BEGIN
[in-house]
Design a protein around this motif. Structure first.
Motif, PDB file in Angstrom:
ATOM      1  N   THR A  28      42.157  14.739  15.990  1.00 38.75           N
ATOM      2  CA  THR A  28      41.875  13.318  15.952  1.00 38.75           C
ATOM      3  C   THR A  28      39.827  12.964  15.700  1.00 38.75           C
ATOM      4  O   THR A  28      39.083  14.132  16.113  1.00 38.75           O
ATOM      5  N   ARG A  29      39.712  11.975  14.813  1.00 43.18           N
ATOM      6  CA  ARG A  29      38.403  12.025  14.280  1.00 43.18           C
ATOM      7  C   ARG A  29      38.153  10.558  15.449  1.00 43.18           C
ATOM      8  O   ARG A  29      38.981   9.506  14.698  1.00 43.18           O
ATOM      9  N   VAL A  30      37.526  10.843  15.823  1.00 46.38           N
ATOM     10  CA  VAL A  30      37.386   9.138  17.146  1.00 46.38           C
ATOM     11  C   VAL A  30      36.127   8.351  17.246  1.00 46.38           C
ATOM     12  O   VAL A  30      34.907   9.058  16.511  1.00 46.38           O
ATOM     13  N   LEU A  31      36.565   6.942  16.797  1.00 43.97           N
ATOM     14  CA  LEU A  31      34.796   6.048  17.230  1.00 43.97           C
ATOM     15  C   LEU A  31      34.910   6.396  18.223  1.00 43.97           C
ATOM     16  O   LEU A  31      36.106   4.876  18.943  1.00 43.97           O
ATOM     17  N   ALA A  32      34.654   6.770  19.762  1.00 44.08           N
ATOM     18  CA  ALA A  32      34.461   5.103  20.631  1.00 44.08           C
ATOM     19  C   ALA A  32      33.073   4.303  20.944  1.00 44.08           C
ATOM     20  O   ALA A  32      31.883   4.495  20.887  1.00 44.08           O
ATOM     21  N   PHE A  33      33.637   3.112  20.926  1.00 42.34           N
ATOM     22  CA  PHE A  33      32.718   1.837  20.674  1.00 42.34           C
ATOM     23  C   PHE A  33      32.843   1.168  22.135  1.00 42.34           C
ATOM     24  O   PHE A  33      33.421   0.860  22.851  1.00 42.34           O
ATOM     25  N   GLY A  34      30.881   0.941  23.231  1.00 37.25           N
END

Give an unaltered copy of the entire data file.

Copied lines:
[in-house]
Design a protein around this motif. Structure first.
Motif, PDB file in Angstrom:
ATOM      1  N   THR A  28      42.157  14.739  15.990  1.00 38.75           N
ATOM      2  CA  THR A  28      41.875  13.318  15.952  1.00 38.75           C
ATOM      3  C   THR A  28      39.827  12.964  15.700  1.00 38.75           C
ATOM      4  O   THR A  28      39.083  14.132  16.113  1.00 38.75           O
ATOM      5  N   ARG A  29      39.712  11.975  14.813  1.00 43.18           N
ATOM      6  CA  ARG A  29      38.403  12.025  14.280  1.00 43.18           C
ATOM      7  C   ARG A  29      38.153  10.558  15.449  1.00 43.18           C
ATOM      8  O   ARG A  29      38.981   9.506  14.698  1.00 43.18           O
ATOM      9  N   VAL A  30      37.526  10.843  15.823  1.00 46.38           N
ATOM     10  CA  VAL A  30      37.386   9.138  17.146  1.00 46.38           C
ATOM     11  C   VAL A  30      36.127   8.351  17.246  1.00 46.38           C
ATOM     12  O   VAL A  30      34.907   9.058  16.511  1.00 46.38           O
ATOM     13  N   LEU A  31      36.565   6.942  16.797  1.00 43.97           N
ATOM     14  CA  LEU A  31      34.796   6.048  17.230  1.00 43.97           C
ATOM     15  C   LEU A  31      34.910   6.396  18.223  1.00 43.97           C
ATOM     16  O   LEU A  31      36.106   4.876  18.943  1.00 43.97           O
ATOM     17  N   ALA A  32      34.654   6.770  19.762  1.00 44.08           N
ATOM     18  CA  ALA A  32      34.461   5.103  20.631  1.00 44.08           C
ATOM     19  C   ALA A  32      33.073   4.303  20.944  1.00 44.08           C
ATOM     20  O   ALA A  32      31.883   4.495  20.887  1.00 44.08           O
ATOM     21  N   PHE A  33      33.637   3.112  20.926  1.00 42.34           N
ATOM     22  CA  PHE A  33      32.718   1.837  20.674  1.00 42.34           C
ATOM     23  C   PHE A  33      32.843   1.168  22.135  1.00 42.34           C
ATOM     24  O   PHE A  33      33.421   0.860  22.851  1.00 42.34           O
ATOM     25  N   GLY A  34      30.881   0.941  23.231  1.00 37.25           N